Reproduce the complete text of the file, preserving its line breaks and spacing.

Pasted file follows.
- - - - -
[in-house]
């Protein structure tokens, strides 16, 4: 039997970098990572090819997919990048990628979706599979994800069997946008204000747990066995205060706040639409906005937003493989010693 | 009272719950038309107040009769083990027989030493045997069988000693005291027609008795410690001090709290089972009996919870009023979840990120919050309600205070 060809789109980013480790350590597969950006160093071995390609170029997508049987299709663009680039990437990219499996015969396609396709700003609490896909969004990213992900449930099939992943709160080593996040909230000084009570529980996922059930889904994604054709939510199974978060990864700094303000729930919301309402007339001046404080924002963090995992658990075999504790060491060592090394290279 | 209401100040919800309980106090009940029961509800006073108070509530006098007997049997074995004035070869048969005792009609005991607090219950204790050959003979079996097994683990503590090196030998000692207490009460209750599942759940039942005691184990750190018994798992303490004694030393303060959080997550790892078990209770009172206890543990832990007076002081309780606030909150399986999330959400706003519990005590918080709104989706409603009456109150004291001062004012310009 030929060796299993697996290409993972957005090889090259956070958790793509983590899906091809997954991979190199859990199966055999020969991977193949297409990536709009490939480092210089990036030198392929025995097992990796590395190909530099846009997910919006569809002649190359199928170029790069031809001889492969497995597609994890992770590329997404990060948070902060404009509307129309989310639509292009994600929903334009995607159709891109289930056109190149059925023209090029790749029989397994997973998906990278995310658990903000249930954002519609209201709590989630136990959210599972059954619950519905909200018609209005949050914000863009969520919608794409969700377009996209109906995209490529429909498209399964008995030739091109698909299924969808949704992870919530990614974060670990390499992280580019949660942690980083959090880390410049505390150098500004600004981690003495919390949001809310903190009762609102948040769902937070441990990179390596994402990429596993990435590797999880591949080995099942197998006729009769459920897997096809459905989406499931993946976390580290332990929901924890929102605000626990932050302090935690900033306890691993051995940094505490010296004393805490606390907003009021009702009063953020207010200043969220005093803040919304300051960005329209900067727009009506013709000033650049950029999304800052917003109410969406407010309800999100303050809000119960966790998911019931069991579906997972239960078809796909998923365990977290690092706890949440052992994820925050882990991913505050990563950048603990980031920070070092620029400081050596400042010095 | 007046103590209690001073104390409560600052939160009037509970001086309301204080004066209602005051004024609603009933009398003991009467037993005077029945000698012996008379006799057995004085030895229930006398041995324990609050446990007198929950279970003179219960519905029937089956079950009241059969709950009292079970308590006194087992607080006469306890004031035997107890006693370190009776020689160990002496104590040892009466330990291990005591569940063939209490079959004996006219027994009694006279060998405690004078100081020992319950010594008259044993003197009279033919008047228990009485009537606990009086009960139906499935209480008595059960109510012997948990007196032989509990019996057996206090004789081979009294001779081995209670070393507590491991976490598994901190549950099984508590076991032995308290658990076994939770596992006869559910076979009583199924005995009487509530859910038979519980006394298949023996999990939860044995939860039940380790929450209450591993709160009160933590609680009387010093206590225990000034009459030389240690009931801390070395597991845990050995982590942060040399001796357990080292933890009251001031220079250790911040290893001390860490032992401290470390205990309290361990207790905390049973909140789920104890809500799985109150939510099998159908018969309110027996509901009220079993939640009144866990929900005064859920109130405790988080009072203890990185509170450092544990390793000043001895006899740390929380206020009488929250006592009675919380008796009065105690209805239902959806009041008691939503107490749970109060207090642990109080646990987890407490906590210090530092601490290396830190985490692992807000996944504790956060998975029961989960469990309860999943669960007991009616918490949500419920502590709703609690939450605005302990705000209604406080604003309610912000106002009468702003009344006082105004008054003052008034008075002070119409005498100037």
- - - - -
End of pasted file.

[in-house]
């Protein structure tokens, strides 16, 4: 039997970098990572090819997919990048990628979706599979994800069997946008204000747990066995205060706040639409906005937003493989010693 | 009272719950038309107040009769083990027989030493045997069988000693005291027609008795410690001090709290089972009996919870009023979840990120919050309600205070 060809789109980013480790350590597969950006160093071995390609170029997508049987299709663009680039990437990219499996015969396609396709700003609490896909969004990213992900449930099939992943709160080593996040909230000084009570529980996922059930889904994604054709939510199974978060990864700094303000729930919301309402007339001046404080924002963090995992658990075999504790060491060592090394290279 | 209401100040919800309980106090009940029961509800006073108070509530006098007997049997074995004035070869048969005792009609005991607090219950204790050959003979079996097994683990503590090196030998000692207490009460209750599942759940039942005691184990750190018994798992303490004694030393303060959080997550790892078990209770009172206890543990832990007076002081309780606030909150399986999330959400706003519990005590918080709104989706409603009456109150004291001062004012310009 030929060796299993697996290409993972957005090889090259956070958790793509983590899906091809997954991979190199859990199966055999020969991977193949297409990536709009490939480092210089990036030198392929025995097992990796590395190909530099846009997910919006569809002649190359199928170029790069031809001889492969497995597609994890992770590329997404990060948070902060404009509307129309989310639509292009994600929903334009995607159709891109289930056109190149059925023209090029790749029989397994997973998906990278995310658990903000249930954002519609209201709590989630136990959210599972059954619950519905909200018609209005949050914000863009969520919608794409969700377009996209109906995209490529429909498209399964008995030739091109698909299924969808949704992870919530990614974060670990390499992280580019949660942690980083959090880390410049505390150098500004600004981690003495919390949001809310903190009762609102948040769902937070441990990179390596994402990429596993990435590797999880591949080995099942197998006729009769459920897997096809459905989406499931993946976390580290332990929901924890929102605000626990932050302090935690900033306890691993051995940094505490010296004393805490606390907003009021009702009063953020207010200043969220005093803040919304300051960005329209900067727009009506013709000033650049950029999304800052917003109410969406407010309800999100303050809000119960966790998911019931069991579906997972239960078809796909998923365990977290690092706890949440052992994820925050882990991913505050990563950048603990980031920070070092620029400081050596400042010095 | 007046103590209690001073104390409560600052939160009037509970001086309301204080004066209602005051004024609603009933009398003991009467037993005077029945000698012996008379006799057995004085030895229930006398041995324990609050446990007198929950279970003179219960519905029937089956079950009241059969709950009292079970308590006194087992607080006469306890004031035997107890006693370190009776020689160990002496104590040892009466330990291990005591569940063939209490079959004996006219027994009694006279060998405690004078100081020992319950010594008259044993003197009279033919008047228990009485009537606990009086009960139906499935209480008595059960109510012997948990007196032989509990019996057996206090004789081979009294001779081995209670070393507590491991976490598994901190549950099984508590076991032995308290658990076994939770596992006869559910076979009583199924005995009487509530859910038979519980006394298949023996999990939860044995939860039940380790929450209450591993709160009160933590609680009387010093206590225990000034009459030389240690009931801390070395597991845990050995982590942060040399001796357990080292933890009251001031220079250790911040290893001390860490032992401290470390205990309290361990207790905390049973909140789920104890809500799985109150939510099998159908018969309110027996509901009220079993939640009144866990929900005064859920109130405790988080009072203890990185509170450092544990390793000043001895006899740390929380206020009488929250006592009675919380008796009065105690209805239902959806009041008691939503107490749970109060207090642990109080646990987890407490906590210090530092601490290396830190985490692992807000996944504790956060998975029961989960469990309860999943669960007991009616918490949500419920502590709703609690939450605005302990705000209604406080604003309610912000106002009468702003009344006082105004008054003052008034008075002070119409005498100037």